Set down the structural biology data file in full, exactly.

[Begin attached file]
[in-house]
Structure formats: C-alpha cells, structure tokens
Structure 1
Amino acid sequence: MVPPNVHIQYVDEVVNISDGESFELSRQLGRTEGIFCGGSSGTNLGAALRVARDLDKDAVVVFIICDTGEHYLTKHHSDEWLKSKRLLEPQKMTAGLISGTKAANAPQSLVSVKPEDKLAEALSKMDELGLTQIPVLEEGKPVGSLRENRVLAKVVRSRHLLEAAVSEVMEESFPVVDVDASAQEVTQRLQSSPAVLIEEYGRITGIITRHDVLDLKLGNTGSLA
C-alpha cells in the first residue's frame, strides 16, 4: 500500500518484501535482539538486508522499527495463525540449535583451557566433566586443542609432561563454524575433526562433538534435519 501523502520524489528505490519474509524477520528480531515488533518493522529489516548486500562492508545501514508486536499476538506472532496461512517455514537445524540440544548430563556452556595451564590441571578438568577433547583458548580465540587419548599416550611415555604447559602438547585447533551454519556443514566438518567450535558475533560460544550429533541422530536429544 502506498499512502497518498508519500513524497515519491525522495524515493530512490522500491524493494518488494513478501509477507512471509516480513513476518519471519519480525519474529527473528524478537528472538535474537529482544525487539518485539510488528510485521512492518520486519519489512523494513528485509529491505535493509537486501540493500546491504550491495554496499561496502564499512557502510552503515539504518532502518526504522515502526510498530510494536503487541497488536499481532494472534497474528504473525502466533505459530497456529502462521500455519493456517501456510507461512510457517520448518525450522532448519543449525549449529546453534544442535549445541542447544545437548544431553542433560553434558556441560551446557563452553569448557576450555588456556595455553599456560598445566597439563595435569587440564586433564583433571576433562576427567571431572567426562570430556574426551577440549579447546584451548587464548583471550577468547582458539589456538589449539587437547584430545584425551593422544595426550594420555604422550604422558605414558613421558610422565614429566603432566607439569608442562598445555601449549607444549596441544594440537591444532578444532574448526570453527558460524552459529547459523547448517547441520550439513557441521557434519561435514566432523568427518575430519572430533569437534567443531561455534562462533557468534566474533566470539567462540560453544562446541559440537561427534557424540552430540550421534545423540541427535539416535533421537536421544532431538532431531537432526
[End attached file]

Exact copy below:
[in-house]
Structure formats: C-alpha cells, structure tokens
Structure 1
Amino acid sequence: MVPPNVHIQYVDEVVNISDGESFELSRQLGRTEGIFCGGSSGTNLGAALRVARDLDKDAVVVFIICDTGEHYLTKHHSDEWLKSKRLLEPQKMTAGLISGTKAANAPQSLVSVKPEDKLAEALSKMDELGLTQIPVLEEGKPVGSLRENRVLAKVVRSRHLLEAAVSEVMEESFPVVDVDASAQEVTQRLQSSPAVLIEEYGRITGIITRHDVLDLKLGNTGSLA
C-alpha cells in the first residue's frame, strides 16, 4: 500500500518484501535482539538486508522499527495463525540449535583451557566433566586443542609432561563454524575433526562433538534435519 501523502520524489528505490519474509524477520528480531515488533518493522529489516548486500562492508545501514508486536499476538506472532496461512517455514537445524540440544548430563556452556595451564590441571578438568577433547583458548580465540587419548599416550611415555604447559602438547585447533551454519556443514566438518567450535558475533560460544550429533541422530536429544 502506498499512502497518498508519500513524497515519491525522495524515493530512490522500491524493494518488494513478501509477507512471509516480513513476518519471519519480525519474529527473528524478537528472538535474537529482544525487539518485539510488528510485521512492518520486519519489512523494513528485509529491505535493509537486501540493500546491504550491495554496499561496502564499512557502510552503515539504518532502518526504522515502526510498530510494536503487541497488536499481532494472534497474528504473525502466533505459530497456529502462521500455519493456517501456510507461512510457517520448518525450522532448519543449525549449529546453534544442535549445541542447544545437548544431553542433560553434558556441560551446557563452553569448557576450555588456556595455553599456560598445566597439563595435569587440564586433564583433571576433562576427567571431572567426562570430556574426551577440549579447546584451548587464548583471550577468547582458539589456538589449539587437547584430545584425551593422544595426550594420555604422550604422558605414558613421558610422565614429566603432566607439569608442562598445555601449549607444549596441544594440537591444532578444532574448526570453527558460524552459529547459523547448517547441520550439513557441521557434519561435514566432523568427518575430519572430533569437534567443531561455534562462533557468534566474533566470539567462540560453544562446541559440537561427534557424540552430540550421534545423540541427535539416535533421537536421544532431538532431531537432526